Friday, September 12, 2008

Wall St Journal Asia sued

Sue-Ann Chi
The Straits Times

THE Singapore Government is taking the Wall Street Journal Asia (WSJA) newspapers and its editors to court, accusing them of contempt of court.

It alleges that three articles the WSJA had published in June and July 'impugn the impartiality, integrity and independence of the Singapore Judiciary'.

This statement was posted on the website of the Attorney-General's Chambers (AGC) yesterday when it got approval from the High Court to start legal proceedings.

Two of the articles are the newspaper's editorials, while the third is a letter by Singapore Democratic Party (SDP) chief Chee Soon Juan.

Those who will face the charge of contempt of court are: Dow Jones Publishing (Asia), which owns and publishes WSJA; Mr Daniel Hertzberg, editor, international of WSJA; and WSJA managing editor Christine Glancey.

When contacted last night, a Dow Jones spokesman, speaking for all of them, declined to comment.

All three articles allege the Singapore Judiciary is not independent, the AGC said in its online statement.

'It is further insinuated that the Singapore Judiciary is biased and lacks integrity. These allegations and insinuations in these items are unwarranted,' it added.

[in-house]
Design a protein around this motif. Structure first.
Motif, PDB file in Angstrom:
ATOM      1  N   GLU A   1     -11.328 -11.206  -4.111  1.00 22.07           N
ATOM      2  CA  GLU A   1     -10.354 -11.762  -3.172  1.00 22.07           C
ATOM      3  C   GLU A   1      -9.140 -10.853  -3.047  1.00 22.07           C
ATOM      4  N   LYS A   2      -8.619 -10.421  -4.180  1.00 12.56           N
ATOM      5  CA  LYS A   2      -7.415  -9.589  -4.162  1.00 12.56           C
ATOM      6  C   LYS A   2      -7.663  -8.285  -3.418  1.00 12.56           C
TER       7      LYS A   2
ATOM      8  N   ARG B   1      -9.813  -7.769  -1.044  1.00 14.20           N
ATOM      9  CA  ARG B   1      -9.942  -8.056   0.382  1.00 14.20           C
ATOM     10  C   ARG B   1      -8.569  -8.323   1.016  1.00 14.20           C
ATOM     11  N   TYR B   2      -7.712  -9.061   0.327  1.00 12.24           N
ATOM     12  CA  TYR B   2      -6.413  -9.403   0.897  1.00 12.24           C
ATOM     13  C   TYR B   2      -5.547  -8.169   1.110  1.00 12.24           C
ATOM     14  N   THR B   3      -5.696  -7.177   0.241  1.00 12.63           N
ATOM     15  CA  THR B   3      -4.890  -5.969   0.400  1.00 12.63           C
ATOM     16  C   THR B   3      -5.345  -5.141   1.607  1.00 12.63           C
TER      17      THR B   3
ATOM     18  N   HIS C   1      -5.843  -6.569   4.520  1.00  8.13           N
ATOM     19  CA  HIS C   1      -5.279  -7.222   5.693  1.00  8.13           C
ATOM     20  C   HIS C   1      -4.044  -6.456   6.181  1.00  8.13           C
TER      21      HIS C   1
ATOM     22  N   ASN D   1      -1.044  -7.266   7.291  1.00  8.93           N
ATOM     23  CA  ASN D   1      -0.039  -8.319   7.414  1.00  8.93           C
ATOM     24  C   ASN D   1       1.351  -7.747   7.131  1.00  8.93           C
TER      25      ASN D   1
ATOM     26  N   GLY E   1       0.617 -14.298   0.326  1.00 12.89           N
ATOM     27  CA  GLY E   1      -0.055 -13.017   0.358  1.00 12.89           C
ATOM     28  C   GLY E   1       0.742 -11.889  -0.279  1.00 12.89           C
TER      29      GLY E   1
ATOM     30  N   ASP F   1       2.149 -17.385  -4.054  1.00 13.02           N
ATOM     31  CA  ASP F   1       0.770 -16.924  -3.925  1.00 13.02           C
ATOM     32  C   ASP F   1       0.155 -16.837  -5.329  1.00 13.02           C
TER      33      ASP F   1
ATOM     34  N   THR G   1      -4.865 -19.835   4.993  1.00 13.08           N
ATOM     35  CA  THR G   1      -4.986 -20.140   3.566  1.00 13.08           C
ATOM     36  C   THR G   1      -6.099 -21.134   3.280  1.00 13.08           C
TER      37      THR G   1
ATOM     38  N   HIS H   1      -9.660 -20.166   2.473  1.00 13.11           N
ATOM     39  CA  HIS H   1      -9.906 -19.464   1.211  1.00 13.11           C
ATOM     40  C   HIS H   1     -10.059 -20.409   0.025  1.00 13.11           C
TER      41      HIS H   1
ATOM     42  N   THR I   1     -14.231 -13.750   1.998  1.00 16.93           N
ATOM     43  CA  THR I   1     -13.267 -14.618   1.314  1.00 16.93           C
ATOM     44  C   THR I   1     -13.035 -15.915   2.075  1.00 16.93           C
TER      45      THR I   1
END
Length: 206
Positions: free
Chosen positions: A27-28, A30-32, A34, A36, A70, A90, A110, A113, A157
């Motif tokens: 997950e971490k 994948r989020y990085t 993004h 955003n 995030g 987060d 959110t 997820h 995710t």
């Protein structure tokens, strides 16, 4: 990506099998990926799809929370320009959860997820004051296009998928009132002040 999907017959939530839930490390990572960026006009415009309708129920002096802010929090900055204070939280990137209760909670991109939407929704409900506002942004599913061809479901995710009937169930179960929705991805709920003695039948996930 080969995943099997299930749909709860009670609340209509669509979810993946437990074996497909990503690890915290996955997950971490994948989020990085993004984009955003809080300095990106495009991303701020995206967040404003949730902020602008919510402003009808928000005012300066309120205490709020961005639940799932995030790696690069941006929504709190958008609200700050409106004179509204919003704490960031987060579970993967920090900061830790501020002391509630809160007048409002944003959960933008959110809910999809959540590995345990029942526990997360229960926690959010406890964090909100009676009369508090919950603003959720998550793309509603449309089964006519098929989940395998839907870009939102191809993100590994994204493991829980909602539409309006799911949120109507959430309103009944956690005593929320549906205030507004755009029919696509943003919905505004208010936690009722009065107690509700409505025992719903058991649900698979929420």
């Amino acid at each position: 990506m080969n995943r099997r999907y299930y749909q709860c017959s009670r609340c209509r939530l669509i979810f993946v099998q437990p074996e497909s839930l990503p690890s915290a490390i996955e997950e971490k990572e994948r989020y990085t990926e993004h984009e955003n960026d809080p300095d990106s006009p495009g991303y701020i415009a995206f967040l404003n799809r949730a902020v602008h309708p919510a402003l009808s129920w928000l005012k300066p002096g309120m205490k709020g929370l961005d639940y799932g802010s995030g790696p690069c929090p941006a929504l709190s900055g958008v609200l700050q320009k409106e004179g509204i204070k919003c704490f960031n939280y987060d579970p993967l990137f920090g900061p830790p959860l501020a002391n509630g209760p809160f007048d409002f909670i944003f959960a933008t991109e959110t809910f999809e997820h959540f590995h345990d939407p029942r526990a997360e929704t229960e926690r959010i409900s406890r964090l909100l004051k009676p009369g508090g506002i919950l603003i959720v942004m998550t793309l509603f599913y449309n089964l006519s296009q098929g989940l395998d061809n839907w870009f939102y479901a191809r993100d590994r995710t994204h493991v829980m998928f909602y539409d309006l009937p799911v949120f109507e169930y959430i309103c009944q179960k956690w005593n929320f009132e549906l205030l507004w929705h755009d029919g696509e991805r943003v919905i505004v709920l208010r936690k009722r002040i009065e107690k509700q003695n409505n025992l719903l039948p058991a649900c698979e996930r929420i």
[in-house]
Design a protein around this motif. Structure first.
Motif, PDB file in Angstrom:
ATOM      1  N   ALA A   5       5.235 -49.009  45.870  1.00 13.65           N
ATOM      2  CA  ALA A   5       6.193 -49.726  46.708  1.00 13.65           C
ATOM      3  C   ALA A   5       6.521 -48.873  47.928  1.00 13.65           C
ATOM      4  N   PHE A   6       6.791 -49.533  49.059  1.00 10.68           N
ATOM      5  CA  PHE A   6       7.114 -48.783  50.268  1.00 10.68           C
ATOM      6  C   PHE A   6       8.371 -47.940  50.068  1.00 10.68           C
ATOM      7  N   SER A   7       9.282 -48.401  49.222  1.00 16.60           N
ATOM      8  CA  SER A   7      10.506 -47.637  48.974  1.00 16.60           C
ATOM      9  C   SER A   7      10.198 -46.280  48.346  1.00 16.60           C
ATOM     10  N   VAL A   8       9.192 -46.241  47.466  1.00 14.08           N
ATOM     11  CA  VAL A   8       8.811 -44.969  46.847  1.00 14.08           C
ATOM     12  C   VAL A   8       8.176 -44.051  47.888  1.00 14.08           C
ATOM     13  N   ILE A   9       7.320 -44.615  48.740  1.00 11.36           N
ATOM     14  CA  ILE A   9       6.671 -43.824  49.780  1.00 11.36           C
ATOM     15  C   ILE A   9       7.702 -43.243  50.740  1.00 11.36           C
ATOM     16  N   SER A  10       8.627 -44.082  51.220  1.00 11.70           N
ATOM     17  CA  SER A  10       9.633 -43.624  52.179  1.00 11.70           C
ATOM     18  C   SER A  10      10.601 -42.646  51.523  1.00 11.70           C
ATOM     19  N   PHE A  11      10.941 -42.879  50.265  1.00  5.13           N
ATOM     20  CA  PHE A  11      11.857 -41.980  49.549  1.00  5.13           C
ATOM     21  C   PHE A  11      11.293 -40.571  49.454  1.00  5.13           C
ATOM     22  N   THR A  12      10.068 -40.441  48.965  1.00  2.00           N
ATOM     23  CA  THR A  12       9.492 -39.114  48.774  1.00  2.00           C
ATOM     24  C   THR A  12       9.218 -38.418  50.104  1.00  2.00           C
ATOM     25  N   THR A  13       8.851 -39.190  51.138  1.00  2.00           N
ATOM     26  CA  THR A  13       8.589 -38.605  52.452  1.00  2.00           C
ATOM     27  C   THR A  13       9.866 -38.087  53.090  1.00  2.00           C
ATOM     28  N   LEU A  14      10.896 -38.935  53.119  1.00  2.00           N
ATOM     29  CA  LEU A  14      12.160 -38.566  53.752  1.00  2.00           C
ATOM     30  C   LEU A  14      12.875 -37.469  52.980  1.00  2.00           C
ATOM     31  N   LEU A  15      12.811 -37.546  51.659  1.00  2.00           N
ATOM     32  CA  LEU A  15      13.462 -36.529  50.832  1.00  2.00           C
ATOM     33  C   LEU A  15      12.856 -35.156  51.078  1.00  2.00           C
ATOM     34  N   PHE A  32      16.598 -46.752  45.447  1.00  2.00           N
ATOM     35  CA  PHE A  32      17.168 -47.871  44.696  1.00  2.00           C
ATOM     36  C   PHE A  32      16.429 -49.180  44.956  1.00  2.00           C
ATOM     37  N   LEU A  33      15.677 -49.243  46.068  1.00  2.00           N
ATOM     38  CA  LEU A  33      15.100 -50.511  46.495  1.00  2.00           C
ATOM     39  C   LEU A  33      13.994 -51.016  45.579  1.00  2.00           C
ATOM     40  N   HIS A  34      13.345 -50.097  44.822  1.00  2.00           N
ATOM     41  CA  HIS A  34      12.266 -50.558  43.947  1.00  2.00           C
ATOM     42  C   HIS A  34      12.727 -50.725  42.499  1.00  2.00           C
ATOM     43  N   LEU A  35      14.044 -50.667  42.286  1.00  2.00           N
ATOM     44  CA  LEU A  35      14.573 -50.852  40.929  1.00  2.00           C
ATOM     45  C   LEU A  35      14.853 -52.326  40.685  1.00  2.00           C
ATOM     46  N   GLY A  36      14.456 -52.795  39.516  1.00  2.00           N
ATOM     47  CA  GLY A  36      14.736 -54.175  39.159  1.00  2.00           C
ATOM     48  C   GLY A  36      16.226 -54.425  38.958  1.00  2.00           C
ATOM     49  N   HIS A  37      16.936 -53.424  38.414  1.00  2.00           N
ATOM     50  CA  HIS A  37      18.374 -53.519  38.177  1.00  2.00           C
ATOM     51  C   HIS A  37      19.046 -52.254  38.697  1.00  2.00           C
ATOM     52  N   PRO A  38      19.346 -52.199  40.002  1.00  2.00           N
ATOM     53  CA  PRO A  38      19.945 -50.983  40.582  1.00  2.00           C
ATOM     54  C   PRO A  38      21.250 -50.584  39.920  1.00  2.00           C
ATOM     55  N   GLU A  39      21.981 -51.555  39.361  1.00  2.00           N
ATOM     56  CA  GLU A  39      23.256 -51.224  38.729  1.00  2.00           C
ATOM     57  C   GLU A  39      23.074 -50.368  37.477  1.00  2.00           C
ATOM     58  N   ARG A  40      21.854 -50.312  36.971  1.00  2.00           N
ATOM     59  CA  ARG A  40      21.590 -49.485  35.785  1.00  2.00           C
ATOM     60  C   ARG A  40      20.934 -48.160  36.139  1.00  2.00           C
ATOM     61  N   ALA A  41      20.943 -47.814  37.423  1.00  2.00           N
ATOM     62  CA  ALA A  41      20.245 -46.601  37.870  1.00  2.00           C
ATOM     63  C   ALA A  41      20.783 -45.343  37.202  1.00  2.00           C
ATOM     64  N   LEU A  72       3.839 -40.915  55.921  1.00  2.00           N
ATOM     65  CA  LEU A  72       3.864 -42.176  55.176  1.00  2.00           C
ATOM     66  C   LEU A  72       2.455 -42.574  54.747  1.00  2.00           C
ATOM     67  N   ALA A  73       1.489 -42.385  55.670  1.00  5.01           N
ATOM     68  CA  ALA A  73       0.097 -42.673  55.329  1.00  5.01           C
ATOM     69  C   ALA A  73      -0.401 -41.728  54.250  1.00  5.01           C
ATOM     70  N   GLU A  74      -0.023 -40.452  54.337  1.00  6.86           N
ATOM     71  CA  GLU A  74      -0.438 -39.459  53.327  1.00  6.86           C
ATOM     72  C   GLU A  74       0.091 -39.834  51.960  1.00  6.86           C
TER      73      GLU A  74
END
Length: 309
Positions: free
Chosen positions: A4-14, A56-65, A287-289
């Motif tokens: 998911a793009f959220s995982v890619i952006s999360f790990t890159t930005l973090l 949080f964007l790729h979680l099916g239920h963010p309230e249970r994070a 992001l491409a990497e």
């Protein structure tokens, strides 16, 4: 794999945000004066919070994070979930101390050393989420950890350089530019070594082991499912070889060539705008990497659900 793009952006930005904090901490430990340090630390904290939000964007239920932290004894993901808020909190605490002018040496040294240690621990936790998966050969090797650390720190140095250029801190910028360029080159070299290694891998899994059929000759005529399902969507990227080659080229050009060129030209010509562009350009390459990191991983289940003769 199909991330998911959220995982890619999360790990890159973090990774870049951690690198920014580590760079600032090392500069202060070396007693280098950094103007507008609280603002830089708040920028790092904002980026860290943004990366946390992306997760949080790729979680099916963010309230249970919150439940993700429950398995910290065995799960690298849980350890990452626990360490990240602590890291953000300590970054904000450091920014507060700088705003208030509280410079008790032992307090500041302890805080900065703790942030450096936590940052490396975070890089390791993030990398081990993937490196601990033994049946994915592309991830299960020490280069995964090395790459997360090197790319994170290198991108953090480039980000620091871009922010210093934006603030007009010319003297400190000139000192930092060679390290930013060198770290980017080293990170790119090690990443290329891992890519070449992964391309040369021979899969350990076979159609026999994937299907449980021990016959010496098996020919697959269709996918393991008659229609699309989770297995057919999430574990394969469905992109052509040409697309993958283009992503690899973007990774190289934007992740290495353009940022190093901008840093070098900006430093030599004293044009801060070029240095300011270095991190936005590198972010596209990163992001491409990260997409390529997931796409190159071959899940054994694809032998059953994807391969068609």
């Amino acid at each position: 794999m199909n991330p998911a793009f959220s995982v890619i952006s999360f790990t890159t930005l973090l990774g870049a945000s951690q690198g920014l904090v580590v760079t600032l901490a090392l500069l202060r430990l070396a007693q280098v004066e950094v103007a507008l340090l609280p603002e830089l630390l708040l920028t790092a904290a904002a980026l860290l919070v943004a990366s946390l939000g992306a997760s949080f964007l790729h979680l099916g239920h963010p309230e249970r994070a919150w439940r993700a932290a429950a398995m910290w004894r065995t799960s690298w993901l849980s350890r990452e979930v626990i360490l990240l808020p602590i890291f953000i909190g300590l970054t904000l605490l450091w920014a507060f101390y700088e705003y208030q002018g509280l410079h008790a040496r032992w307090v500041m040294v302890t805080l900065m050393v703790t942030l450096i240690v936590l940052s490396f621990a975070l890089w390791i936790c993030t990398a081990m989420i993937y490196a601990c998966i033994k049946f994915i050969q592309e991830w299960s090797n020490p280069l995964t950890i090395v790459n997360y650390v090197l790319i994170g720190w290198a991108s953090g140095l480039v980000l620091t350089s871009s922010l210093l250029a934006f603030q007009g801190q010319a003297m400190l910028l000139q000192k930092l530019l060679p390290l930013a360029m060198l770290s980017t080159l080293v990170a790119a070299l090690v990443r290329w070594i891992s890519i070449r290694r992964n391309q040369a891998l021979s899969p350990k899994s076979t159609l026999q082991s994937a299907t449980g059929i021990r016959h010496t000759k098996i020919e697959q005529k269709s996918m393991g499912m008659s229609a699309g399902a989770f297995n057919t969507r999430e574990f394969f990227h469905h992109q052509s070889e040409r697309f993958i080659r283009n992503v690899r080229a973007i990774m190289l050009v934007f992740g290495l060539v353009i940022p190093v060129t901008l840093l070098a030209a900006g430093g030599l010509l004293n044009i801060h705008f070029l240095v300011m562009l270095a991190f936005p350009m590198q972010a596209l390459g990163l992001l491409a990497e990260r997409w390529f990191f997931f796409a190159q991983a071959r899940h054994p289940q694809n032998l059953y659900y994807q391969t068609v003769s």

One of the editorials examined the lack of democracy in Singapore and included an account of the exchange in court between Minister Mentor Lee Kuan Yew and SDP chief Chee Soon Juan.

The hearing in May was to assess defamation damages Dr Chee, his sister and the SDP had to pay Prime Minister Lee Hsien Loong and MM Lee.

The other editorial was on the Singapore Judiciary, following a report by the International Bar Association's Human Rights Institute in July. The 72-page report alleges executive interference in the Judiciary.

In its online statement, the AGC also said: 'This case is not about freedom of expression. It is about the rule of law.'

The courts, it added, play a vital role in good governance. Hence, an 'unwarranted attack' against the Judiciary is an 'assault on the rule of law in Singapore'.

'It is a fundamental principle of the administration of justice and rule of law that disappointed litigants or persons with a particular philosophy or agenda should not undermine the authority of the courts.

'This is completely against the public interest. Words or actions that undermine the authority of the court or judges amount to contempt of court,' it said.

The AGC also pointed out that the articles were published at a time when the Far Eastern Economic Review, a sister publication of the WSJA, is being sued for defamation by PM Lee and MM Lee.

It could not be confirmed yesterday whether Dow Jones had received notice of the legal suit.

Getting the High Court's approval to start contempt proceedings is the first of a two-stage process.

Once the nod is given, as it was yesterday at a closed-door session, the Attorney-General will take the next step.

The other parties will be officially notified of the lawsuit and a hearing date will be set for both sides to present their arguments in open court.


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